Bernard Madoff Headed to Jail Following Guilty Plea

Bernard Madoff is finally going to jail. The Ponzi schemer pled guilty to 11 different counts this morning, prompting a federal judge to immediately revoke his bail, in anticipation of a June 16 sentencing. Madoff could be sentenced to as much as 150 years in jail.

During a hearing in federal court in Manhattan this morning, Madoff spoke publicly about his fraud for the first time. According to The Wall Street Journal, Madoff admitted that he ran a Ponzi scheme and that he never invested client funds as promised. He also claimed to be “deeply sorry and ashamed”.

Madoff said he started the scheme during a recession, which was difficult for investing in stocks, the Journal said. “As the years went by, I realized my risk, and this day would inevitably come,” he said, reading from a statement. “I cannot adequately express how sorry I am for my crimes.”

The criminal charges Madoff admitted to included securities fraud, wire fraud, mail fraud, money laundering and making a false filing with the U.S. Securities and Exchange Commission.

In addition to a long jail term, U.S. prosecutors are also seeking as much as $170 billion in forfeited assets from Madoff. According to the Los Angeles Times, that amount includes all of the money that moved through the Madoff accounts since the early 1980s, when the government says the investor fraud began.

According to, Judge Denny Chin revoked Madoff bail after accepting his guilty plea, saying that Madoff had means to flee and an incentive to do so because of his age. Applause broke out in the Manhattan courtroom after the judge’s announcement. Until today, Madoff had been living in his luxurious Manhattan penthouse apartment under house arrest, an arrangement that did not sit well with defrauded investors.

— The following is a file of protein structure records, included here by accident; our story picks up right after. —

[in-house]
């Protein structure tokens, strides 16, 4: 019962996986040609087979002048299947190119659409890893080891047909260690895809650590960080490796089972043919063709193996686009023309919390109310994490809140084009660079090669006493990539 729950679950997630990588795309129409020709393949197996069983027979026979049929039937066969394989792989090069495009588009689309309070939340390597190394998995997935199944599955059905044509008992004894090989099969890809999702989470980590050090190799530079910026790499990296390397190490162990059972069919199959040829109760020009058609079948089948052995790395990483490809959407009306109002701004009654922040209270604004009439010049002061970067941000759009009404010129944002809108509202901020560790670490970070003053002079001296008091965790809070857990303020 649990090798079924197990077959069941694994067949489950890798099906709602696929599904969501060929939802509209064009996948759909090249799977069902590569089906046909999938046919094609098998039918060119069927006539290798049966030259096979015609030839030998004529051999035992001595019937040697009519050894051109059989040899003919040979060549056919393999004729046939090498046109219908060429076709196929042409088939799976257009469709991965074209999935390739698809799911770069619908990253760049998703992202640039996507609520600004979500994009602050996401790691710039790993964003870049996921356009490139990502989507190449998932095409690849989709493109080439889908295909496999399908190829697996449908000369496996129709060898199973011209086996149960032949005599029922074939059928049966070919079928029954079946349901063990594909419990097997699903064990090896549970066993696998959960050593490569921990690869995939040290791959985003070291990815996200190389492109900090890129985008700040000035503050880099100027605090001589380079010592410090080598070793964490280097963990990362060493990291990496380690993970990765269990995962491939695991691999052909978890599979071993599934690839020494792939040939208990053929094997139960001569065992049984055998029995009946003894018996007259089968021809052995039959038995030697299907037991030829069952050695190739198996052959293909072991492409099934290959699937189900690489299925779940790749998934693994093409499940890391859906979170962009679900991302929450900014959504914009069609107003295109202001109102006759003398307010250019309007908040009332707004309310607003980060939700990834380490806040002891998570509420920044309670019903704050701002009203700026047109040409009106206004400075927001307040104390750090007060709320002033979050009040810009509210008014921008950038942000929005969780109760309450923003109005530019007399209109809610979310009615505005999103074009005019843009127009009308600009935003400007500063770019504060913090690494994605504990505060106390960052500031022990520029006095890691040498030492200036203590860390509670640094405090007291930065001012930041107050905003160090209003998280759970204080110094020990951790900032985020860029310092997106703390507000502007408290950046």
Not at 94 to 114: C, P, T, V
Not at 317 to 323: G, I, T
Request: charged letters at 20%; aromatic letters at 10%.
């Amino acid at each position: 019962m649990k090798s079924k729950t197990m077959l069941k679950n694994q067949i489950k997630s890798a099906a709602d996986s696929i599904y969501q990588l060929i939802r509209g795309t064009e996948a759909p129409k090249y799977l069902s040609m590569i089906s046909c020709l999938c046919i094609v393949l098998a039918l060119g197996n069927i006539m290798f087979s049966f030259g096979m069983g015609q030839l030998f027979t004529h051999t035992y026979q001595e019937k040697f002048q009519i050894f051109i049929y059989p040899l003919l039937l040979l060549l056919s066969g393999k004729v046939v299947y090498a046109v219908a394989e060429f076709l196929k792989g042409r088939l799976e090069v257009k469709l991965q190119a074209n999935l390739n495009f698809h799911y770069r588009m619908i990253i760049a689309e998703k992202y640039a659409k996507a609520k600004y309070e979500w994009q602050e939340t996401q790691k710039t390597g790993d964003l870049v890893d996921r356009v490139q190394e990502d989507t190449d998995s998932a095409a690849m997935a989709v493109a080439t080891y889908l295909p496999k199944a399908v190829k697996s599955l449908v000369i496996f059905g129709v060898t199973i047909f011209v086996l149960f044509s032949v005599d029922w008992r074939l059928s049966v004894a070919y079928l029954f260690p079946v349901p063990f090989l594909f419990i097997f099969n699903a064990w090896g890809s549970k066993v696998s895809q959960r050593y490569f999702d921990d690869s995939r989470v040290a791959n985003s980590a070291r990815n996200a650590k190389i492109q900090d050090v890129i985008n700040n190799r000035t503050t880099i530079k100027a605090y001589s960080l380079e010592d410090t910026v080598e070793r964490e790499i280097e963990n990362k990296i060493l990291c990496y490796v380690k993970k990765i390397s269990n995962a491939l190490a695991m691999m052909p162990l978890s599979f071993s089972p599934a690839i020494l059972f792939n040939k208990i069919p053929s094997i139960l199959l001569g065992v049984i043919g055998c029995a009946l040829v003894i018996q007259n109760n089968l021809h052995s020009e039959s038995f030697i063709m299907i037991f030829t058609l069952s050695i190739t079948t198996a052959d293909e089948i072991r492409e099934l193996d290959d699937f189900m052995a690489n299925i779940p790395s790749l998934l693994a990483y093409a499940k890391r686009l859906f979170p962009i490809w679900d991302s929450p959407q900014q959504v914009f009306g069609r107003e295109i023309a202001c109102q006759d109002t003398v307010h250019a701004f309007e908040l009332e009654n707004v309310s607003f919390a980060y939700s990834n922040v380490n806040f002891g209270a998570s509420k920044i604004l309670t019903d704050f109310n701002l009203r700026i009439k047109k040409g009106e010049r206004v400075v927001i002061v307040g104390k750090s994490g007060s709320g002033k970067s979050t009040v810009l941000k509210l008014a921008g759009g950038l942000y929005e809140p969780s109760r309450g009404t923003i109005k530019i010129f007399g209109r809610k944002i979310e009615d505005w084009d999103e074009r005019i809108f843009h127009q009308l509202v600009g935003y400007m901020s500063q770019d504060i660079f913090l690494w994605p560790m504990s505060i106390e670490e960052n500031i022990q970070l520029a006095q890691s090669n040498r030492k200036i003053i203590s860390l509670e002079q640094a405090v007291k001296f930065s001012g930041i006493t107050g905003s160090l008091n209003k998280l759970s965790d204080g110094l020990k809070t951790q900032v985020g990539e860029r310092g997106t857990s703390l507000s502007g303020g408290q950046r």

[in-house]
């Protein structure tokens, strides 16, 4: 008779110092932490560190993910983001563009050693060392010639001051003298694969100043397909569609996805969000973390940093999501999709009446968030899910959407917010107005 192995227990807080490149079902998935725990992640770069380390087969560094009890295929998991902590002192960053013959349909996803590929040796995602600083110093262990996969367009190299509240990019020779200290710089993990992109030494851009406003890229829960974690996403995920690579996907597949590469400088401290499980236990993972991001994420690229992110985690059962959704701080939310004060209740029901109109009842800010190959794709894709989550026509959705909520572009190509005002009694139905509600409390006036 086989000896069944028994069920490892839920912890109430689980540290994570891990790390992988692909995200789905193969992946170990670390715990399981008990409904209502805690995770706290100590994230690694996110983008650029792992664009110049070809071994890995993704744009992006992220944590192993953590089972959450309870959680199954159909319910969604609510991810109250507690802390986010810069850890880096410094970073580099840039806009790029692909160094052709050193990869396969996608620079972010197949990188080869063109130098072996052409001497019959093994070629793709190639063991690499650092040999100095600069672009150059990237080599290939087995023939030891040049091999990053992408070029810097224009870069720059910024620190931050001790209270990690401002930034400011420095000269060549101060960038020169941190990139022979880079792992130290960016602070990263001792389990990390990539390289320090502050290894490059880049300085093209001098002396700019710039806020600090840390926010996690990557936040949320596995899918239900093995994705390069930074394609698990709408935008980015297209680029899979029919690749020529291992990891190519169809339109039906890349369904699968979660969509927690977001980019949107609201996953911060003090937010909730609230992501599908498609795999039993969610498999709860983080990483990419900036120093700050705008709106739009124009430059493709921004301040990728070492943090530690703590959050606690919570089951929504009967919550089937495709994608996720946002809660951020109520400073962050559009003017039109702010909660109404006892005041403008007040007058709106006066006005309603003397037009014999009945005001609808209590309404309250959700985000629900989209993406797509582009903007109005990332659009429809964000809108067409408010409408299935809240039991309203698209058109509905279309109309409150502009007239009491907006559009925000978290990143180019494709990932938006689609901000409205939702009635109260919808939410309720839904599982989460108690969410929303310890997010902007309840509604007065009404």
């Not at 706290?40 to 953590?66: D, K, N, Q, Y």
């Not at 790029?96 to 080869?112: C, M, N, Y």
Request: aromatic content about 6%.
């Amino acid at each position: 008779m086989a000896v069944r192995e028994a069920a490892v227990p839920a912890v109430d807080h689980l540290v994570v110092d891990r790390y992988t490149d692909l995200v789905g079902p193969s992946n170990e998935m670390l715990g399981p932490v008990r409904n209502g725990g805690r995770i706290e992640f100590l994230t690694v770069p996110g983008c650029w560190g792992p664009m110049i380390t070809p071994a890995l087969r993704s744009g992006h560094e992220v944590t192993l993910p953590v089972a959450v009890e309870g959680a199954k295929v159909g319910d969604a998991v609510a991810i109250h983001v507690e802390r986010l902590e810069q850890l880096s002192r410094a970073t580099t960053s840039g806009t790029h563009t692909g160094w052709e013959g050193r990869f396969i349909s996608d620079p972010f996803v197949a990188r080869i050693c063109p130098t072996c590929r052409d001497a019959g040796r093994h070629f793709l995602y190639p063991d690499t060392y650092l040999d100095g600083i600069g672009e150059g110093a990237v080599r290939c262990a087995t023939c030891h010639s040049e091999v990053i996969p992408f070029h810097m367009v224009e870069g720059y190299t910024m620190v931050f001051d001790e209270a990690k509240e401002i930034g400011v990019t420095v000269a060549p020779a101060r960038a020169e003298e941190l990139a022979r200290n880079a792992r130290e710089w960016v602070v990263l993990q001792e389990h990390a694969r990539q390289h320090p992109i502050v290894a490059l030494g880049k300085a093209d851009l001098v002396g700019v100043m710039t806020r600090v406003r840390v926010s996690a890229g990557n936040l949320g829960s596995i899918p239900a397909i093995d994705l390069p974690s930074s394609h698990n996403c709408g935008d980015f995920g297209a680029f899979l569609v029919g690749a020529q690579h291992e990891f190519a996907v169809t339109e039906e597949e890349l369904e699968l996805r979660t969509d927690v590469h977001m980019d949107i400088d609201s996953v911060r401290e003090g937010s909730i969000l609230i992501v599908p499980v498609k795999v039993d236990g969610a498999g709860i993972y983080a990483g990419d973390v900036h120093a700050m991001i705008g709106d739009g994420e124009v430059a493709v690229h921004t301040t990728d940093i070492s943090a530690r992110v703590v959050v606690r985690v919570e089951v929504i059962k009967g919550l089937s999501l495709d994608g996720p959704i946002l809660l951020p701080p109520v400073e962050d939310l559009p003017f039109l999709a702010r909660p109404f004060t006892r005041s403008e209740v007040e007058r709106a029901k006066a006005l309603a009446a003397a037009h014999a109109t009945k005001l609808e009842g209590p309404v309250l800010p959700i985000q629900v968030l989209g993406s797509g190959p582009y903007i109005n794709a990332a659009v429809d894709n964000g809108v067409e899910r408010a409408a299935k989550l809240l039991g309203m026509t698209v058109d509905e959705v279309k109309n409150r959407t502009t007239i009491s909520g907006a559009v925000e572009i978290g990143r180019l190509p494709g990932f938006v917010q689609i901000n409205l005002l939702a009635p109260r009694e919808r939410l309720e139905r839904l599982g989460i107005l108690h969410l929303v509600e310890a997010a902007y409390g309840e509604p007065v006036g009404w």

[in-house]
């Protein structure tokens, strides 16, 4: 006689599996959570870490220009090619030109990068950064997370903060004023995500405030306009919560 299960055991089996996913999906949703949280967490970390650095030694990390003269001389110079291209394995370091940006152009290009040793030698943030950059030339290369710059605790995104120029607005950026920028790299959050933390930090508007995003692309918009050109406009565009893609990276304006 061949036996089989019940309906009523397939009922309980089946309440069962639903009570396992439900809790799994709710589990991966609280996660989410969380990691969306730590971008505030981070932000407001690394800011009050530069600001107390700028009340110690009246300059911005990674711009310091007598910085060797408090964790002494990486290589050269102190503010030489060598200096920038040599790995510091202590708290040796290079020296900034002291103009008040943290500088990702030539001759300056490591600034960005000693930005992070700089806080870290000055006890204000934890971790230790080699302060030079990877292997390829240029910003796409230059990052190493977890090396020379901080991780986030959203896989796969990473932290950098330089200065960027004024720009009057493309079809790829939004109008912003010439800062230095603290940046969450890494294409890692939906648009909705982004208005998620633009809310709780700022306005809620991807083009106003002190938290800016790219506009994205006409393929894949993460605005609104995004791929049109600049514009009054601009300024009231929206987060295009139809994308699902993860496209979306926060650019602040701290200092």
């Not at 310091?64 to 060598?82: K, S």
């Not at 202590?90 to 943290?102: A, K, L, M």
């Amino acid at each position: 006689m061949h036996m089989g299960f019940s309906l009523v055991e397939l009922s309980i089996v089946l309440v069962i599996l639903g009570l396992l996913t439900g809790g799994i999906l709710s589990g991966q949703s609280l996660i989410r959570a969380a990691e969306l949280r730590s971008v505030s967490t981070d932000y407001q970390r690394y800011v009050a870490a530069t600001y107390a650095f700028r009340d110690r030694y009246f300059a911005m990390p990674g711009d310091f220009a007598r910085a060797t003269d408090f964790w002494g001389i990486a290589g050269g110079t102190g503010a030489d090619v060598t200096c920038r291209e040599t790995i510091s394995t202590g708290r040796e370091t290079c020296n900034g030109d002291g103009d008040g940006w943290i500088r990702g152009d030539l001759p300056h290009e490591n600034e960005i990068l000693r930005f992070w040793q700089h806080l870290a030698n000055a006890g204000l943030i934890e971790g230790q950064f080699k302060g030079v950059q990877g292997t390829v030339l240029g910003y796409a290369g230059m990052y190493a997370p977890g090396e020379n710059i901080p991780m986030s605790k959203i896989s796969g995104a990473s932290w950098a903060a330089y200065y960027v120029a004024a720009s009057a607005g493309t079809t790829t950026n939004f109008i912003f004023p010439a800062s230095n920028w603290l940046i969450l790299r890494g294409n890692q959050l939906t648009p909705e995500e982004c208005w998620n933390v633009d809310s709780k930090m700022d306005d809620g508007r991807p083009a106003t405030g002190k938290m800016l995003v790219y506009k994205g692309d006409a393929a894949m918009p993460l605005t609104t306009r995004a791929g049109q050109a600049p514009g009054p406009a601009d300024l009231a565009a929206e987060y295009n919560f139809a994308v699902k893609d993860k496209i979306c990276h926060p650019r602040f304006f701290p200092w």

Madoff did not plead guilty to a conspiracy charge. Because he has insisted he acted alone – a claim prosecutors find highly suspect – and would not provide information on others who may have aided his scheme, federal prosecutors would not give him a plea deal. Thus, it is likely the 70-year-old Madoff will spend the rest of his life in jail.

Already speculation is building about other individuals who might be a target of the Madoff Ponzi scheme investigation. Most of the speculation centers on his wife, Ruth, who had kept his firm’s books for a time. His sons, who worked at his firm, and who he supposedly confessed his fraud too, could be targets, as could Madoff’s brother Peter, who was his firm’s compliance officer.

Before his December arrest, Madoff had been a towering figure on Wall Street. Once a chairman of the Nasdaq stock exchange, Madoff was the founder and primary owner of Bernard L. Madoff Investment Securities LLC. The firm was primarily known for its business in market-making, or serving as the middleman between buyers and sellers of shares. However, Madoff also oversaw an investment-advisory business that managed money for high-net-worth individuals, hedge funds and other institutions.

According to the FBI complaint against Madoff, that business was largely a Ponzi scheme. The FBI said Madoff “deceived investors by operating a securities business in which he traded and lost investor money, and then paid certain investors purported returns on investment with the principal received from other, different investors, which resulted in losses of approximately millions of dollars.”

Last November, Madoff told his investors that his fund held more than $64 million, but in reality, he only had a fraction of that amount.

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